Wednesday, March 6, 2013

Tour Bunker Play 1980-2012



Recently, I compiled the Tour average sand save percentage for each year, starting from 1980. Here's the results.



What's interesting is that the best sand save percentage occured from 1989-2001. And the best year was 2000 with an average sand save percentage of 53.81%.

Since 2001, the Tour has failed to average above 50% on sand saves. And at this time, the Tour's average sand saves are about where they were in 1983-1988.

I do not like the 'sand save' metric because it doesn't account for the golfer who may make sand saves with better putting than actual bunker skill. However, I think it gives a reasonable ballpark of sand play. But, the key is that all of the data I've encountered is that Tour golfers make more putts today than they did in yesteryear. This is presumably due to the smoother putting surfaces.

So, it's a bit surprising to see that sand saves today are about where they were in 1983-1988. And considering that the data suggests that golfers made fewer putts in 1983-1988, you have to think that Tour players from '83-'88 may have been more skilled in the bunkers.







3JACK

4 comments:

ce245b3a-8860-11e2-9739-000bcdcb471e said...

What about the possible explanation that Tour hole locations have become more "tucked" and closer to the edges of greens in an effort to protect scoring, possibly starting around 2001 when the post-wound ball distance boom began?

Rich H. said...

Nobody really knows for sure if the pin positions became more difficult. The PGA Tour tends to follow the USGA guidelines of '6-6-6' (6 easy, 6 hard, 6 medium difficulty) from what I've been told.




3JACK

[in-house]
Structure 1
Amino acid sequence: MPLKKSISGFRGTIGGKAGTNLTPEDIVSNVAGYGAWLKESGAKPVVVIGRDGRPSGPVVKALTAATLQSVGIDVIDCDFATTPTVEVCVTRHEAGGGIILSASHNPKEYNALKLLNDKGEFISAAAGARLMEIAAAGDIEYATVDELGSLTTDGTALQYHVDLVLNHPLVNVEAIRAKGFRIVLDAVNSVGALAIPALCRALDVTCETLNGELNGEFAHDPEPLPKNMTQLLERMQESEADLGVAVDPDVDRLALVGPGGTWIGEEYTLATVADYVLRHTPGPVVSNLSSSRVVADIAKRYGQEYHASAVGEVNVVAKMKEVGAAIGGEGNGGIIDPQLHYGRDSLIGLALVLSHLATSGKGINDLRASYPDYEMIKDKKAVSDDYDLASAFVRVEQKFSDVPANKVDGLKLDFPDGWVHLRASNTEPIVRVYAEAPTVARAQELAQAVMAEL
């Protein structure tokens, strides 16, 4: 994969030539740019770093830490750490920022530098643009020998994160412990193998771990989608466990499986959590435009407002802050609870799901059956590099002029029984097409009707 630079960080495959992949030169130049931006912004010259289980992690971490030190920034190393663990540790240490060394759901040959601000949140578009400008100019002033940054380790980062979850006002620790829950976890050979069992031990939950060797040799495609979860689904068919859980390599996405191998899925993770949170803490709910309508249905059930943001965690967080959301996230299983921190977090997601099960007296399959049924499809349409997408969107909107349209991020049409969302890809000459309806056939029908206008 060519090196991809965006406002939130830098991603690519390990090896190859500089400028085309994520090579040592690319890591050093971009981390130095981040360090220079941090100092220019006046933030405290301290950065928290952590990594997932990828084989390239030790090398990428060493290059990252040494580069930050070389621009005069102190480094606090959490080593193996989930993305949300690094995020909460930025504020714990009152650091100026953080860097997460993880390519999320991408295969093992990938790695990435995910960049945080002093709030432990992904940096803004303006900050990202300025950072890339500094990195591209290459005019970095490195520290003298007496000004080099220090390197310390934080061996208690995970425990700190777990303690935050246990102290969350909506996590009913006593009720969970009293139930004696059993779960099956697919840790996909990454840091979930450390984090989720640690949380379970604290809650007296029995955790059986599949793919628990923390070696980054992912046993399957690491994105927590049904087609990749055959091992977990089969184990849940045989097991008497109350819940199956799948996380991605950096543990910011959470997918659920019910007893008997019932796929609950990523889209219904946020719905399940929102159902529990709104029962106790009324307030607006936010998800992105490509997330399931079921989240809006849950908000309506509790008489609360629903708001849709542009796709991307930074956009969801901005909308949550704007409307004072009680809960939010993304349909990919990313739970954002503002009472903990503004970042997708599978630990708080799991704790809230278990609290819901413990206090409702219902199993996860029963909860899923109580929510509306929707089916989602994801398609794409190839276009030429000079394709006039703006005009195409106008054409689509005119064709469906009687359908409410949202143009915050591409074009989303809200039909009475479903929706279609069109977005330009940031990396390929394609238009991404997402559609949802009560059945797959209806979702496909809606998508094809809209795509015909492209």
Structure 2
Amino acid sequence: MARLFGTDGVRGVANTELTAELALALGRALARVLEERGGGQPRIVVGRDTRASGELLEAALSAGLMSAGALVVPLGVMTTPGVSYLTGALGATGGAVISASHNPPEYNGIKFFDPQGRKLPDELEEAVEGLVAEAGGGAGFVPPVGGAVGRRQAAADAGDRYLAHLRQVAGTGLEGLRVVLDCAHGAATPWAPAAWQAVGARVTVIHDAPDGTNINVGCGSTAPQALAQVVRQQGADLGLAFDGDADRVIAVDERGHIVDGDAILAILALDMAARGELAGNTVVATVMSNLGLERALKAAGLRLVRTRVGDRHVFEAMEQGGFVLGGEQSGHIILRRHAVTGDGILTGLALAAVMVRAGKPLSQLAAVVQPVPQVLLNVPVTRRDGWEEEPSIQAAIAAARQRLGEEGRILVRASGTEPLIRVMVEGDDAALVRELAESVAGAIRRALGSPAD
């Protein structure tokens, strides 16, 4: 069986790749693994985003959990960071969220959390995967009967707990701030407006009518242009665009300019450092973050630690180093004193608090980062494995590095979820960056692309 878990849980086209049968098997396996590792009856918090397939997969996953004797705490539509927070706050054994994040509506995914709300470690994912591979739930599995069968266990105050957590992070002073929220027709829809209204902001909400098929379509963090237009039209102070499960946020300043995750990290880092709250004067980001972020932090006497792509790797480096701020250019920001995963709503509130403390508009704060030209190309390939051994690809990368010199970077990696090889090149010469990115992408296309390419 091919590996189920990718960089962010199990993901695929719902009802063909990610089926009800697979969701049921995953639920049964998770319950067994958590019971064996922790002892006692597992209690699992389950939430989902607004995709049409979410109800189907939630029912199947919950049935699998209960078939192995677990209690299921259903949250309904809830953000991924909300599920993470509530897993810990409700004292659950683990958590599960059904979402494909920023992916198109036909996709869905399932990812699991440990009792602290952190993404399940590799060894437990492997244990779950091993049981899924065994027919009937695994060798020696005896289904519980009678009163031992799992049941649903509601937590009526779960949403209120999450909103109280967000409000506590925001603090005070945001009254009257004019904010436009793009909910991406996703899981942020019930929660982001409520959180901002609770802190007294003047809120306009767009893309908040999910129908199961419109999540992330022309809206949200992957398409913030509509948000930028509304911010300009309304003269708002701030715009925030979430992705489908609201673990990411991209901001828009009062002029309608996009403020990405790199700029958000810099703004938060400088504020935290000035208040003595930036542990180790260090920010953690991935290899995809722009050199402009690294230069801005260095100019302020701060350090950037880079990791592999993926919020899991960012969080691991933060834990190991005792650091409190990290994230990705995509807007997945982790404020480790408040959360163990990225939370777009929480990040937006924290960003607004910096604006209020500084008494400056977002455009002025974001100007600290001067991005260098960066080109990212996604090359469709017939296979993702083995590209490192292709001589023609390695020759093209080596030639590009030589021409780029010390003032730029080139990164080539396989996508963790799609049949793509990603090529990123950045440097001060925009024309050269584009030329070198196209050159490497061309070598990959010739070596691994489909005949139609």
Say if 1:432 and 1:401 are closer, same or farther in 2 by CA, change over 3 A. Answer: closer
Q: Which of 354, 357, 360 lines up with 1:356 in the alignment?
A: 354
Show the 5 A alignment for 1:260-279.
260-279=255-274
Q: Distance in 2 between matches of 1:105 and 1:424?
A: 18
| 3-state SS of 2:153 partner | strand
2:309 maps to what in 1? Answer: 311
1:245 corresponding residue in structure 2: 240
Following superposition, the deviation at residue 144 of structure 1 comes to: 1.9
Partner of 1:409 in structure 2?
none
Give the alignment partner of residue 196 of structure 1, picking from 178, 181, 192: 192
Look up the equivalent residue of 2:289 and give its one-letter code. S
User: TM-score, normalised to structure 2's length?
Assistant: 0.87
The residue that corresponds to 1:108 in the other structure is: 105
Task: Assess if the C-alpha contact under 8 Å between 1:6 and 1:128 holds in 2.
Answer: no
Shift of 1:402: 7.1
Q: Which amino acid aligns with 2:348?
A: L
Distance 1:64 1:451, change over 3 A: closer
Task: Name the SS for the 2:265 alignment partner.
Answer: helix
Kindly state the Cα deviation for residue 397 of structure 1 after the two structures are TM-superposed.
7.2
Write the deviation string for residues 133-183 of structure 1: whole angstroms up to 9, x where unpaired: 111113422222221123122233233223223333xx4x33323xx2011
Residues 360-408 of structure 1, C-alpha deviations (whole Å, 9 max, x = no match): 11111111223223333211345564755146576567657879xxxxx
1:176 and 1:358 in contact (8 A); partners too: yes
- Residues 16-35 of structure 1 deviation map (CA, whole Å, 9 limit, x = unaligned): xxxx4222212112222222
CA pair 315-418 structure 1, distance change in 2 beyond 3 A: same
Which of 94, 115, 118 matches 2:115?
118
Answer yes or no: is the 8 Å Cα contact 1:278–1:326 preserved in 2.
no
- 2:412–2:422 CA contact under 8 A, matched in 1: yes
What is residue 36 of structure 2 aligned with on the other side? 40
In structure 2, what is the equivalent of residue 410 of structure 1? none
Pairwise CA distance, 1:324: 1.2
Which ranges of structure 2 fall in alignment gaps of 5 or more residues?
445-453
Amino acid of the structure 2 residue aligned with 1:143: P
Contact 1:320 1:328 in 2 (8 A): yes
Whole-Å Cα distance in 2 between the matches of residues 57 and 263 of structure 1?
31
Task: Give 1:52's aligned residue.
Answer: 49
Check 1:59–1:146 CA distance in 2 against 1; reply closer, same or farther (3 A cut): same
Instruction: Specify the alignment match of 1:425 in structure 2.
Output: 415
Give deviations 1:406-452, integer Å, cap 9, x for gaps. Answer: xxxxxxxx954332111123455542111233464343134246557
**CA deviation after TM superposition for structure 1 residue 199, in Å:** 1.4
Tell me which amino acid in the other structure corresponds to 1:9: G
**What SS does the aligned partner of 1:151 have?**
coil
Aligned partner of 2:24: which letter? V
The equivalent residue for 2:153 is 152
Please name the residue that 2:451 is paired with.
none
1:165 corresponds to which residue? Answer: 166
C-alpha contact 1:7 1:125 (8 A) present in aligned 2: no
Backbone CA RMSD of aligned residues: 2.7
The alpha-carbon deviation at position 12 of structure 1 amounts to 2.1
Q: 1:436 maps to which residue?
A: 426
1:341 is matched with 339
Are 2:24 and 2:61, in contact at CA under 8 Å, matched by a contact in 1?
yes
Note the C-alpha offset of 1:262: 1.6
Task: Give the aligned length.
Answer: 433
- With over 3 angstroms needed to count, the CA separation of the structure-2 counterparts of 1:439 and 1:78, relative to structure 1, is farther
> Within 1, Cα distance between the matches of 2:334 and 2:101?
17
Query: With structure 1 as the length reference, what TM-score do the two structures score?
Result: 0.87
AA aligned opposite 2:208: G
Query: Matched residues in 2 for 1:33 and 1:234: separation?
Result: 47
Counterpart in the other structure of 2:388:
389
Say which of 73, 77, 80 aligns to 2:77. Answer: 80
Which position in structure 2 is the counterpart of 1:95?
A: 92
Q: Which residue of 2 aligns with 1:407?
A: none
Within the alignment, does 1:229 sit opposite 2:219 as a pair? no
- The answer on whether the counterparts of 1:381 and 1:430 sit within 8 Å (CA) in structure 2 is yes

ce245b3a-8860-11e2-9739-000bcdcb471e said...

Still, wouldn't you admit that something changed around 2001? Sand save percentage was over 50% for the entire decade of the 90s, and all of the sudden it permanently, if not precipitously, dips below. You say, "you have to think that Tour players from '83-'88 may have been more skilled in the bunkers." So by implication are you saying they were especially skilled in the 90s (when the rate was consistently above 50%)? I recognize the difficulty of quantifying hole location trends by mere anecdote, but I wouldn't dismiss it as a factor. Also, there could be a change in spin rates around the greens with the old wound/balata balls vs. the current multilayer ball (a shift that occurred in exactly 2001). I find it hard to simply conclude that tour players were "more skilled in the bunkers" back in the 80s. It's an interesting topic though. Thanks for sharing.

Rich H. said...

Sure, something *could* have happened. But, perhaps players are slightly worse bunker players. As I wrote about in Pro Golf Synopsis, driving is not nearly as important to a player's success today as it was back in the 80's. Sometimes the game changes in the sense as to what the best players do well and don't do well.




3JACK